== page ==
Bangladesh has started to face a problem that many other countries have unfortunately faced: radical extremism by organizations like al-Qaeda and ISIS. The situation has been exacerbated by a trial that the government conducted and violent attacks by political parties on minorities, the media, and foreigners.
In 2013, Prime Minister Sheikh Hasina, head of the Awami League, instituted the International Crime Tribunal to bring responsibility to those who conducted crimes in the 1971 War of Independence in which “three million people were killed and 200,000 women raped”. While dozens were tried and convicted of war crimes with two executed, the problem was that they all came from the same party, Jamaat-e-Islami (JeI). The executed men were leaders of JeI, including former leader Motiur Rahman Nizami, executed on May 11, 2016.
During the 1971 War of Independence, the JeI actually supported remaining with Pakistan. The party’s student wing, Islami Jamiat-e-Talaba (IJT) / Islami Chhatra Sangha (ICS), was accused of committing war crimes, having death squads that “are alleged to have killed several prominent progressive intellectuals and activists during the war”.
The HAF (Hindu American Foundation) has accused the JeI as trying to “create a Taliban style regime in Bangladesh”. The organization has also been accused of being “the most powerful Islamist group in the country and has been the ideological center and recruiting base for several terrorist groups”. According to the HAF, the party has committed crimes, such as:
● Setting off homemade bombs during riots
● Persecution of Hindus. Before and after the recent elections, “495 Hindu homes were damaged, 585 shops were attacked or looted, and 169 temples were vandalised since November 2013”.
● Launching political assassinations of officials and supporters of the Awami League
These attacks started off small yet brutal, many targeting secular bloggers, foreign expatriates, and Muslim officials who disagreed with their beliefs. The Islamic State claimed responsibility, yet the government denied that the Islamic State was in the country. In the past, it has “blamed violence on political opponents and an “international conspiracy” to destabilize the country”.
In the most recent and deplorable attack, gunmen held dozens hostage at the Holey Artisan Bakery in the capital city of Dhaka. In that brutal attack, 28 people were killed, including six attackers and two police officers. The attack was condemned around the world, and yet, the Bangladeshi government has refused to publicly acknowledge that the Islamic State is in the country. Interestingly enough, diplomatic sources have said that “the government had privately conceded that IS had some form of presence in the country”.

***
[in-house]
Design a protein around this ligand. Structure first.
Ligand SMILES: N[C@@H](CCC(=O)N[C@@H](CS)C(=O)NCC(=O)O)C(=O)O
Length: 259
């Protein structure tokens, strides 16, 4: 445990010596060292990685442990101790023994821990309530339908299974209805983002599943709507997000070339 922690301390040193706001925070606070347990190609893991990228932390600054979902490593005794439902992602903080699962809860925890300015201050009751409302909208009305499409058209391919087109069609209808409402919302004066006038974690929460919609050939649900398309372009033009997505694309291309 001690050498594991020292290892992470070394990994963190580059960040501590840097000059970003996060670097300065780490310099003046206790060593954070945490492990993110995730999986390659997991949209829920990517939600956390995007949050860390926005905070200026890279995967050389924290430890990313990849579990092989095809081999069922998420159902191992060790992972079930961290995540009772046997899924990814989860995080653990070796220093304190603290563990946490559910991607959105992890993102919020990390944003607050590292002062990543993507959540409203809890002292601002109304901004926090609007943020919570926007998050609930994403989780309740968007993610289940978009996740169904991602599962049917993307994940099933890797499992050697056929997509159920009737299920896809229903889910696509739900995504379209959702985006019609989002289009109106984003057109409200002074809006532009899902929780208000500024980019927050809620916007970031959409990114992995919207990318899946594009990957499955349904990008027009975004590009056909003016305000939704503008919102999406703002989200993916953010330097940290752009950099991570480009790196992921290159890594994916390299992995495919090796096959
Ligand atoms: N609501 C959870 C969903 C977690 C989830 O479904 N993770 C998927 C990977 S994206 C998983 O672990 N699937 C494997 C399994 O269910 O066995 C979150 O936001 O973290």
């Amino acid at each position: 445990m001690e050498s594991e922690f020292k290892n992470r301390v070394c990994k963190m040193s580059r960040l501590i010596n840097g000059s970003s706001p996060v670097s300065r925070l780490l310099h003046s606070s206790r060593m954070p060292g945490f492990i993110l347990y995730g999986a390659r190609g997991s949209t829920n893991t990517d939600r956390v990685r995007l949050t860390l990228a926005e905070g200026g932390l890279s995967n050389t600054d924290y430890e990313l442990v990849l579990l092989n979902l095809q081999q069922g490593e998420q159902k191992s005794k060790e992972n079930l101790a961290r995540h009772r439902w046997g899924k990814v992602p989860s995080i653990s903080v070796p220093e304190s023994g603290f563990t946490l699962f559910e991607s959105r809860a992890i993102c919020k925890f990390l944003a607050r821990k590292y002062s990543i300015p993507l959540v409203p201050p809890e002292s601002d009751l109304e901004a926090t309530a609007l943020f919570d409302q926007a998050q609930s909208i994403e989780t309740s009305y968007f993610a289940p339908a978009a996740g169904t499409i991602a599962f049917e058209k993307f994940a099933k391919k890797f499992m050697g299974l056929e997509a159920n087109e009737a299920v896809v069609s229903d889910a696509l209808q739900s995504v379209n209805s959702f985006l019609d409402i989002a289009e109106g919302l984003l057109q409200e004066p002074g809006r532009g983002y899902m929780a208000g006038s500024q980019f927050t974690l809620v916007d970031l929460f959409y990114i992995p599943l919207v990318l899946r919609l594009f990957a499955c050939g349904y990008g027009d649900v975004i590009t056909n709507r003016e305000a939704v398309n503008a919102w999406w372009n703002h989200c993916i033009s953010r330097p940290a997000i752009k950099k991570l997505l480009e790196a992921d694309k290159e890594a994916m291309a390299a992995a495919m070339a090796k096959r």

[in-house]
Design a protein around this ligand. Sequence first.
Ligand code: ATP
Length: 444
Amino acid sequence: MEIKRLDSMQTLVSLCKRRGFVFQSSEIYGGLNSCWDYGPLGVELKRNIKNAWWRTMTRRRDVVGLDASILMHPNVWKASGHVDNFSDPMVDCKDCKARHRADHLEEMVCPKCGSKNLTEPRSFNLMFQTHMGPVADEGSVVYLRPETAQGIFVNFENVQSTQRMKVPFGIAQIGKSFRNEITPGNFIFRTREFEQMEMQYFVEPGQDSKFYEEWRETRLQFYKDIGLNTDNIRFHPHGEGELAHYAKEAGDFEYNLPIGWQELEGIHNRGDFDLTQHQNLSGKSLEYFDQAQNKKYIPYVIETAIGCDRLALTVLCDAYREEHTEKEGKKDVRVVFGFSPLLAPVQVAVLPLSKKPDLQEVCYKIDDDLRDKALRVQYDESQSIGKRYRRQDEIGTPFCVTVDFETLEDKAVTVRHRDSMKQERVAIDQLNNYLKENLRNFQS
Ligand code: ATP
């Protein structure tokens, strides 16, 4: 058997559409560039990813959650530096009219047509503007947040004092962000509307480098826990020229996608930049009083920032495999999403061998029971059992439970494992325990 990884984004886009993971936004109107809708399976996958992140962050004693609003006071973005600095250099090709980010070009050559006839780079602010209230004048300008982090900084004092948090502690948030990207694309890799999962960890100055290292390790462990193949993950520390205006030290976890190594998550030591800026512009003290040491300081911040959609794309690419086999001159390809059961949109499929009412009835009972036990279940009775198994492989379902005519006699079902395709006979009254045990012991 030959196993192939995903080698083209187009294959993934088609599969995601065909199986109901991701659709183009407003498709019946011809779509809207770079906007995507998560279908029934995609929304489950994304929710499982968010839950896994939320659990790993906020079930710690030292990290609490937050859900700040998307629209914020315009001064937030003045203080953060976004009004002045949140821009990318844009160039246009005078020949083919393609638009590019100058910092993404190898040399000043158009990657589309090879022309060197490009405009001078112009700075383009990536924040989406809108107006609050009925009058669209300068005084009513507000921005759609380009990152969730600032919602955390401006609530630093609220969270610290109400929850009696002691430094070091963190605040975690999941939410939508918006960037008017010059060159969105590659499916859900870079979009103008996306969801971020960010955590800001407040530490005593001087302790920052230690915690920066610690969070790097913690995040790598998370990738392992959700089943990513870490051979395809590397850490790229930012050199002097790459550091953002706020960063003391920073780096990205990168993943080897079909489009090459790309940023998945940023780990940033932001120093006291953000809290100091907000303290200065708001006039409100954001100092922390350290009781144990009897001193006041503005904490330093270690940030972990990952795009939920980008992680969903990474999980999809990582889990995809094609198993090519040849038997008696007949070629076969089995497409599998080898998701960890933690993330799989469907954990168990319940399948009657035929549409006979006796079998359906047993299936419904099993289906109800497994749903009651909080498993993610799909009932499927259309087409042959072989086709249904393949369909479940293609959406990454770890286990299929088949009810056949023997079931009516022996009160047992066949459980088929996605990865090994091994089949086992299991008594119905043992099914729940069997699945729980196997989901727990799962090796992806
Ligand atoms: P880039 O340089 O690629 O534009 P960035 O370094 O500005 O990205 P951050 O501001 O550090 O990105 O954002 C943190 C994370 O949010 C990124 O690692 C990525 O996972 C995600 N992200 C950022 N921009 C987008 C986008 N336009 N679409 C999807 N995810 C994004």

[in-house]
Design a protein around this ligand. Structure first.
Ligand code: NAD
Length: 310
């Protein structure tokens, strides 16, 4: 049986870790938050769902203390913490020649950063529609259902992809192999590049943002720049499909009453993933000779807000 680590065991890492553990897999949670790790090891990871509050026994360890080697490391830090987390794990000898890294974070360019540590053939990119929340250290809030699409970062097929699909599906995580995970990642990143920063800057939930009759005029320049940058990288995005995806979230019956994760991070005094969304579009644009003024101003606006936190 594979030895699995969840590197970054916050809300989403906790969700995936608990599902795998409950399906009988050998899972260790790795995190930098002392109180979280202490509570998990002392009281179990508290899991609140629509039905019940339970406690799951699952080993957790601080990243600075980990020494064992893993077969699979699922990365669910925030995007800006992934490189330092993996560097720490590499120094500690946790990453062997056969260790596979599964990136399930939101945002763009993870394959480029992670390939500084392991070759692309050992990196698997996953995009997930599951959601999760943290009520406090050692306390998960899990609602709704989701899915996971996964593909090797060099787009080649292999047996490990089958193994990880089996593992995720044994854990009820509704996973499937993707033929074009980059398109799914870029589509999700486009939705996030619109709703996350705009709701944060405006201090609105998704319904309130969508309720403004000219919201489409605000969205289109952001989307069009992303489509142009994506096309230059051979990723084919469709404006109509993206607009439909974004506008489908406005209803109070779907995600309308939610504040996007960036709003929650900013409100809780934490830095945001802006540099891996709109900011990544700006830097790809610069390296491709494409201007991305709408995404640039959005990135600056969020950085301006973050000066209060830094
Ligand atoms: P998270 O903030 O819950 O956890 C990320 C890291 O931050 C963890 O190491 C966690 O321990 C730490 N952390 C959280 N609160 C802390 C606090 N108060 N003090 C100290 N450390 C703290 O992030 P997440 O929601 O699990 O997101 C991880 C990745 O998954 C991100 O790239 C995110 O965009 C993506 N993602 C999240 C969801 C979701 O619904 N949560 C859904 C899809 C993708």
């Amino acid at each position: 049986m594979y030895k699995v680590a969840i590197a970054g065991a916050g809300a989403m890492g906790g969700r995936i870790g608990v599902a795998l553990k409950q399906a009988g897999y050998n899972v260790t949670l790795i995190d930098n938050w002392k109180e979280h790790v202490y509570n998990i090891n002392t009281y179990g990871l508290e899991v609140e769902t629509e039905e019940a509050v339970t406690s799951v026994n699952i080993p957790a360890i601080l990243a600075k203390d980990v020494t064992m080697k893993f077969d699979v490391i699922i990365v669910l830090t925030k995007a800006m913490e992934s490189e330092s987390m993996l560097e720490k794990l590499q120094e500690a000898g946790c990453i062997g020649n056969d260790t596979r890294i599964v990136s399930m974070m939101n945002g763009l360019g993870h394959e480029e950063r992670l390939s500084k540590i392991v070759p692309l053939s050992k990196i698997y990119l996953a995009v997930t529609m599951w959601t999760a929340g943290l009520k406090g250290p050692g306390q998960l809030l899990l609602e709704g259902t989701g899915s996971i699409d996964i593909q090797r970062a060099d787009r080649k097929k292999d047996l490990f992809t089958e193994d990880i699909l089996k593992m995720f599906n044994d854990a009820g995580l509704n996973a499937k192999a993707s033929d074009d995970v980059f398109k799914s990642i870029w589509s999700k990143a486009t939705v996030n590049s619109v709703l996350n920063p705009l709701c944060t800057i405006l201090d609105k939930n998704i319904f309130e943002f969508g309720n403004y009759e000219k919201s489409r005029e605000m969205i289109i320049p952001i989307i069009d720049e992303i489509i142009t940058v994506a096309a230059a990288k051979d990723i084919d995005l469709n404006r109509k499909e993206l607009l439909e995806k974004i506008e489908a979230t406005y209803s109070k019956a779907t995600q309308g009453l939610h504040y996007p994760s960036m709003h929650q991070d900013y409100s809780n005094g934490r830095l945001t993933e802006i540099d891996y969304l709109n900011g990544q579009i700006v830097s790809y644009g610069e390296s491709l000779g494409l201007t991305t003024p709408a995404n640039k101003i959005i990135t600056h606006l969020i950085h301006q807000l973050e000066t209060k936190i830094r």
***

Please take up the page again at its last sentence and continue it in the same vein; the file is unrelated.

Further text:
The victims of the bakery attack came from all types of nationalities and backgrounds. Seven of the victims were Japanese nationals; “Koyo Ogasawara, Makoto Okamura, Yuko Sakai, Rui Shimodaira, Hiroshi Tanaka, Nobuhiro Kurosaki, and Hideki Hashimoto” according to CNN, which did not have all of the ages or backgrounds of these people. One of those Japanese nationals, Makoto Okamura, was 32 years old and was engaged, hoping to get married. Another victim was Abinta Kabir, who was a student at Emory University in Atlanta, Georgia, who was visiting family and friends in Dhaka, Bangladesh. Simona Monti was an Italian woman, 33 years old, who was also pregnant and planning to return back to Italy after a vacation to Bangladesh.
To combat rising terrorism, the government needs to take several political steps first. Although Jamaat-e-Islami is a recognized political party, its persecution through the tribunal process continues, with two members, Ali Ahsan Mohammad Mujahid and Salahuddin Quader Chowdhury, executed on November 22, 2015 due to claims of war crimes during their independence war. Yet, the JeI members should still be issued a fair trial. As Brad Adams, the Asia Director for Human Rights Watch said “Justice and accountability for the terrible crimes committed during Bangladesh’s 1971 war of independence are crucial, but trials need to meet international fair trial standards… Unfair trials can’t provide real justice, especially when the death penalty is imposed.” By ending the political persecution of Jamaat-e-Islami, its supporters and members will be part of the political process and can work towards positive solutions.
According to Foreign Policy, “Rising violence in Bangladesh against bloggers and religious minorities has already curbed the participation of moderate voices in political debates”, with this being the second issue that needs addressing. By curbing their voices and not presenting their views, organizations such as the Islamic State have “fertile recruiting grounds”. The solution that Foreign Policy presents is that the international community “should pressure the government to provide a secure space for free media, including providing enhanced security for all of the bloggers on the “hit list,”... and to give up its occasional crackdowns on bloggers, publishers, and other moderate media voices”.
Third, relationships need to be rebuilt between the different subgroups in the country. Bangladesh’s Buddhist minority has been the “target of recent communal violence”. Also, the government has cracked down on Islamist groups, whether they be peaceful groups or violent, in order to ensure that the country remains secular. Thus, the Berkley Center for Religion, Peace & World Affairs at Georgetown University has advocated for interfaith dialogue, hoping that these efforts would “prove vital to future peace building initiatives”.